Andrew's algebra research
Some students working out algebraic equations back in high school may have pondered when they would ever use it in their everyday lives – but not Andrew Francis.
A Professor from the Centre for Research in Mathematics (CRM) within the School of Computing, Engineering and Mathematics, Andrew has been putting algebra to work every day since 1998 and is leading an investigation into how algebra can be used to better explain evolution in bacteria.
“Mathematics is the language of science,” says Andrew. “Mathematical approaches to biological processes date back at least as far as Fibonacci eight centuries ago. A fundamental evolutionary challenge is to understand how different species are related; what sequence of changes to the molecular fundamentals of life have led to the diverse landscape of organisms that we can currently observe? To understand the relatedness of forms of life at a molecular level, one must understand the mechanisms by which evolution occurs.”
Andrew, who is working on this research with Associate Professor Volker Gebhardt, also from the CRM, has been researching algebra itself since 1994 when he started his PhD, and has been applying algebra to biological problems since 2010.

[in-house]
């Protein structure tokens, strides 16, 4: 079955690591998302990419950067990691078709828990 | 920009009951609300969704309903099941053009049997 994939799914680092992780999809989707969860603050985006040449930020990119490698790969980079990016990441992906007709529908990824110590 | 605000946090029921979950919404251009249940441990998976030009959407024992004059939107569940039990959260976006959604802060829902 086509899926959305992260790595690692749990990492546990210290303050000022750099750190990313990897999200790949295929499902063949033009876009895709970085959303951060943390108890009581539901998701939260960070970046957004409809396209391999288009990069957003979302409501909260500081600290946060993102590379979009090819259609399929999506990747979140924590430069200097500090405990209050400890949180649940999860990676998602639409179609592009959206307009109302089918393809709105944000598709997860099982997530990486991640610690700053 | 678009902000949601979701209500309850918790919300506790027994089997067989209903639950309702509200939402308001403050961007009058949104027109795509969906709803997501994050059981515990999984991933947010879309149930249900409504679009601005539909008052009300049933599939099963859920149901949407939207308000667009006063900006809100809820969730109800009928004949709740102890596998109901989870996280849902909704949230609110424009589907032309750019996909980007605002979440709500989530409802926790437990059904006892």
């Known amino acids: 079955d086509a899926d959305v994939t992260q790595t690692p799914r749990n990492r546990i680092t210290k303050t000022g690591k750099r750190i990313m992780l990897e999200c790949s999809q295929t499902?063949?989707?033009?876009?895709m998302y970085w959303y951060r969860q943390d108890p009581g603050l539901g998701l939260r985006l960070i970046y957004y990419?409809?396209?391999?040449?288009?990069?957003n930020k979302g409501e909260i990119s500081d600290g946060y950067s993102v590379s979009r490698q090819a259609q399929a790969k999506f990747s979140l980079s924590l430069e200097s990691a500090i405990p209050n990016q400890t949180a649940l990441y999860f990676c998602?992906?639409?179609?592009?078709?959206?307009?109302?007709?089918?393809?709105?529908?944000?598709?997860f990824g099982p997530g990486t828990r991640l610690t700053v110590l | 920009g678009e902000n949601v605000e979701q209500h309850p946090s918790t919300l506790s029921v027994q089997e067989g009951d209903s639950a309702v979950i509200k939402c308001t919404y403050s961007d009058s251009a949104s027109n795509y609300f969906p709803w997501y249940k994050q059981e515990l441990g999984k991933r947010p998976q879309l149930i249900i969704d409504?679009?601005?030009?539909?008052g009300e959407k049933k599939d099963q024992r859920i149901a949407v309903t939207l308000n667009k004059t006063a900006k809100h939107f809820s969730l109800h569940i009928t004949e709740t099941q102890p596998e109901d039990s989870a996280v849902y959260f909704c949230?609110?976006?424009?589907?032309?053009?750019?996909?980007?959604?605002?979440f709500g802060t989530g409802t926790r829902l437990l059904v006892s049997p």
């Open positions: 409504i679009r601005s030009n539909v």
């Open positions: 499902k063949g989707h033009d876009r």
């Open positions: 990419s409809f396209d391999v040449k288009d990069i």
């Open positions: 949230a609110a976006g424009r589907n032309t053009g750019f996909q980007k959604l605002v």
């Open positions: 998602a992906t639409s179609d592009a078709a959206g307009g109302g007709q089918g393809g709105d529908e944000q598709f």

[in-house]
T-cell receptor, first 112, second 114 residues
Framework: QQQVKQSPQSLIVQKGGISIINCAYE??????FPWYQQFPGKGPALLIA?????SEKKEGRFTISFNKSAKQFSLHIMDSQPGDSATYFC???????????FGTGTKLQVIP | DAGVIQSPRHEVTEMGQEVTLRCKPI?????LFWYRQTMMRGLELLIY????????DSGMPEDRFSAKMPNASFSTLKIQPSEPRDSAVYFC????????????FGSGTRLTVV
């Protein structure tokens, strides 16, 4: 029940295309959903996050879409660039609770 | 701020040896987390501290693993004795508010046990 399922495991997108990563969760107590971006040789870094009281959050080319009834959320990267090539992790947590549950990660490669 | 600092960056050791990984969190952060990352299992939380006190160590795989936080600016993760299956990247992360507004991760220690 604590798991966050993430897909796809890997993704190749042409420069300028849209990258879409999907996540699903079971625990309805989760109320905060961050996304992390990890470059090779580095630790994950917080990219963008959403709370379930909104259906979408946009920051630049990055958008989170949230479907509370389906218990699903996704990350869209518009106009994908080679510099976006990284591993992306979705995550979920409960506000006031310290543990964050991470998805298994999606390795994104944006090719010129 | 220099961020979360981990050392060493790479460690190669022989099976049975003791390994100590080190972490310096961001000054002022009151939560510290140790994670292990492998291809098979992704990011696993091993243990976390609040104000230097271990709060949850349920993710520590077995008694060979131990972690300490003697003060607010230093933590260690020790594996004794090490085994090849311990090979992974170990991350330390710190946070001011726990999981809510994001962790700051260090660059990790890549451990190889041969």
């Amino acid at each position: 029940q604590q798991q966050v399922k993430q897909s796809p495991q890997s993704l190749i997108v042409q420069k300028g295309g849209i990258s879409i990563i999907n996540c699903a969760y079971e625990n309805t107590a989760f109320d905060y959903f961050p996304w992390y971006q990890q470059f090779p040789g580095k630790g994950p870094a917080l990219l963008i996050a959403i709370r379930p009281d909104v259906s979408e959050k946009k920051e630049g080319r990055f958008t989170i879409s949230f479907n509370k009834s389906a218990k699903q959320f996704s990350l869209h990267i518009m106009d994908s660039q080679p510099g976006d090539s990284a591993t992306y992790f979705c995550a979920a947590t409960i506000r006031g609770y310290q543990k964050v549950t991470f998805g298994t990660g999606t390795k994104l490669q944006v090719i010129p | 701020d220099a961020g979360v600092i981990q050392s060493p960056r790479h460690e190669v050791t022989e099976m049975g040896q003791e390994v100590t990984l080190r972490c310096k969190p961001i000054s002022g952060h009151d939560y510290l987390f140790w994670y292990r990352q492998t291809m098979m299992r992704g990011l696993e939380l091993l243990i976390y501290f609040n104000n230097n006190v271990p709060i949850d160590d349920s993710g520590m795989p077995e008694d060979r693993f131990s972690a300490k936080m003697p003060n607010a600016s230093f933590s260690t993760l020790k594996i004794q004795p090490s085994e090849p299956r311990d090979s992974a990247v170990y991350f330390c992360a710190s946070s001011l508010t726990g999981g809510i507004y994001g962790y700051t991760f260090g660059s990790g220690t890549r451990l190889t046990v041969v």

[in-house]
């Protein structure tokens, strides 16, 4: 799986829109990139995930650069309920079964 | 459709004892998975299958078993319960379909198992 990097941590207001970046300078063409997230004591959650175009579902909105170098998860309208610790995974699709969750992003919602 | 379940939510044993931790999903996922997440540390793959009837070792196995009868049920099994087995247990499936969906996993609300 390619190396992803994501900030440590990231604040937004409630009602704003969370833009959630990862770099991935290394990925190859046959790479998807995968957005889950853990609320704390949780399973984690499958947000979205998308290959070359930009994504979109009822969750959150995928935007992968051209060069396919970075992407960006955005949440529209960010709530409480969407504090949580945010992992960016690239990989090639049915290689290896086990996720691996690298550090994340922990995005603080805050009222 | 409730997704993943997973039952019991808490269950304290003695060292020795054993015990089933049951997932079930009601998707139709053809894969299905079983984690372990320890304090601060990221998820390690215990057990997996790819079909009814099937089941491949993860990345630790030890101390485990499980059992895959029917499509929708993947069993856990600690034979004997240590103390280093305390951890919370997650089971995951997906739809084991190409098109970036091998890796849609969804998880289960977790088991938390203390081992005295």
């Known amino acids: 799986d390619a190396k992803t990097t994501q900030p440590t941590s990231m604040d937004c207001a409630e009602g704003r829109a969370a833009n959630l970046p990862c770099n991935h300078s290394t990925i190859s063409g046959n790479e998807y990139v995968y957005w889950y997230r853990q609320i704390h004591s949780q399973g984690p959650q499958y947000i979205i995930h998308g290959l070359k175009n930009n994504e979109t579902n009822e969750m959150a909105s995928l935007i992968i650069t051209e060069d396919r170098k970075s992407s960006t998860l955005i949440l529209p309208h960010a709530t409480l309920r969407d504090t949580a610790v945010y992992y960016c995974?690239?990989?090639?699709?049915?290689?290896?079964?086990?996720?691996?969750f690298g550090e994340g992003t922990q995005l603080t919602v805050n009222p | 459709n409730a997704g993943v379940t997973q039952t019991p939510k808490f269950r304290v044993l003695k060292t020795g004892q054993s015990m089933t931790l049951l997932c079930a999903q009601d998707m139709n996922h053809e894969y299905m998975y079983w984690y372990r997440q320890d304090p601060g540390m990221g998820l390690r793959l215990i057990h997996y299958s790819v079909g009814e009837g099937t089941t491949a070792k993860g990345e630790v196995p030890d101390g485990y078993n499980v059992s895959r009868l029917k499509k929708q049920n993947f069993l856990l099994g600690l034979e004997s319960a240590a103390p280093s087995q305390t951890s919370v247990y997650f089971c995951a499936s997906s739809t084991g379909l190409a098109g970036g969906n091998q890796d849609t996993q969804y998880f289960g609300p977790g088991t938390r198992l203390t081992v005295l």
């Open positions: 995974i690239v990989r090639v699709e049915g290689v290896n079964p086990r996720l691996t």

“I have also done a lot of work on mathematical biology that doesn’t directly use algebra,” he says. “For instance, I have worked quite a bit on understanding how a pathogen such as Mycobacterium tuberculosis spreads through populations while mutating and acquiring resistance to antibiotics.”
A large part of Andrew’s work is about processes. “Either how a process could work, or what systems we would expect to see if such a process was dominant,” he explains. “The latter can help us identify relationships between biological organisms.”
Andrew says that if we gain an understanding of the relationships between species, or even organisms within a species, we can learn more about the history and evolution of different traits. “We can also potentially follow how significant features such as drug resistance spread through time,” he says.
One aspect of his work that Andrew finds most interesting is that it may bring together computational algebra and theoretical biology. “It’s exciting to take something abstract and beautiful and apply it to a very different sphere of science, especially when it’s something few people have done,” says Andrew.
Andrew’s research project is titled “Algebraic algorithms for investigating the space of bacterial genomes” and is supported by an Australian Research Council Discovery Project.